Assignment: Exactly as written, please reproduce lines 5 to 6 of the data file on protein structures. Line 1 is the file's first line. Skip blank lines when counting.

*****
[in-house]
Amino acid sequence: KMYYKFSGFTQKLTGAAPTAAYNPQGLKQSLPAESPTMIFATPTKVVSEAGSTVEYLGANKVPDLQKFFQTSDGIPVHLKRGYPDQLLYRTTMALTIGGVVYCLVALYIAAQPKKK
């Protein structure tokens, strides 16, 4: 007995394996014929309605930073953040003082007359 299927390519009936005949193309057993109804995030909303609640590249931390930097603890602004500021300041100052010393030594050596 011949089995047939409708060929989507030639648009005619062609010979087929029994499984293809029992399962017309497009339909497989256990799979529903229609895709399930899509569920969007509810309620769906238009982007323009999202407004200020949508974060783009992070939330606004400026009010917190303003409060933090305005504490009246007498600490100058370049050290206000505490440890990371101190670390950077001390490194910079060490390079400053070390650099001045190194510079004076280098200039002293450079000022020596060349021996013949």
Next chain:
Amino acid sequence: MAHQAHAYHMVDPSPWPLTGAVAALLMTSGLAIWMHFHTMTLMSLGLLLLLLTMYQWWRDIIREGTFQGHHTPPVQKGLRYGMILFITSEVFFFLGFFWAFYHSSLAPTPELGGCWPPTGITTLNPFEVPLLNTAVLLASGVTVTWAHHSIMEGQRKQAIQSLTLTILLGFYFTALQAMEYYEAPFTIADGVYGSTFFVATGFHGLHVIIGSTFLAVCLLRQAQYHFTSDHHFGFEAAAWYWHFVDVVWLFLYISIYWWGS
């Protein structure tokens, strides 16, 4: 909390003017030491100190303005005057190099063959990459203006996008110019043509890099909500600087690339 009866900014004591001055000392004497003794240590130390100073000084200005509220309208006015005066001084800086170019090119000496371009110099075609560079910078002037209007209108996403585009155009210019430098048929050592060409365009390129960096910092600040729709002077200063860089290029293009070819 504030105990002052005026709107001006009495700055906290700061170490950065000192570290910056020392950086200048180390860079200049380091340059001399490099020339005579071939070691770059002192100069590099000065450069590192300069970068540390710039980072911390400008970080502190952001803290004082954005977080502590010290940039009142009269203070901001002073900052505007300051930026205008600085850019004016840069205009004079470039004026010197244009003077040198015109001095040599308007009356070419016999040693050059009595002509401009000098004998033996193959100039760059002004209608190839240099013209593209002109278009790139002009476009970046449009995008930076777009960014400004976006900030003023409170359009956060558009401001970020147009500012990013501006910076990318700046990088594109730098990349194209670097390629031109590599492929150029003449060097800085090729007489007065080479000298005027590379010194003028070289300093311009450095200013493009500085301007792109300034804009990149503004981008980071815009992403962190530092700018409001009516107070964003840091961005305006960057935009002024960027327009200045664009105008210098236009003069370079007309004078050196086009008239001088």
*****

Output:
Amino acid sequence: MAHQAHAYHMVDPSPWPLTGAVAALLMTSGLAIWMHFHTMTLMSLGLLLLLLTMYQWWRDIIREGTFQGHHTPPVQKGLRYGMILFITSEVFFFLGFFWAFYHSSLAPTPELGGCWPPTGITTLNPFEVPLLNTAVLLASGVTVTWAHHSIMEGQRKQAIQSLTLTILLGFYFTALQAMEYYEAPFTIADGVYGSTFFVATGFHGLHVIIGSTFLAVCLLRQAQYHFTSDHHFGFEAAAWYWHFVDVVWLFLYISIYWWGS
């Protein structure tokens, strides 16, 4: 909390003017030491100190303005005057190099063959990459203006996008110019043509890099909500600087690339 009866900014004591001055000392004497003794240590130390100073000084200005509220309208006015005066001084800086170019090119000496371009110099075609560079910078002037209007209108996403585009155009210019430098048929050592060409365009390129960096910092600040729709002077200063860089290029293009070819 504030105990002052005026709107001006009495700055906290700061170490950065000192570290910056020392950086200048180390860079200049380091340059001399490099020339005579071939070691770059002192100069590099000065450069590192300069970068540390710039980072911390400008970080502190952001803290004082954005977080502590010290940039009142009269203070901001002073900052505007300051930026205008600085850019004016840069205009004079470039004026010197244009003077040198015109001095040599308007009356070419016999040693050059009595002509401009000098004998033996193959100039760059002004209608190839240099013209593209002109278009790139002009476009970046449009995008930076777009960014400004976006900030003023409170359009956060558009401001970020147009500012990013501006910076990318700046990088594109730098990349194209670097390629031109590599492929150029003449060097800085090729007489007065080479000298005027590379010194003028070289300093311009450095200013493009500085301007792109300034804009990149503004981008980071815009992403962190530092700018409001009516107070964003840091961005305006960057935009002024960027327009200045664009105008210098236009003069370079007309004078050196086009008239001088």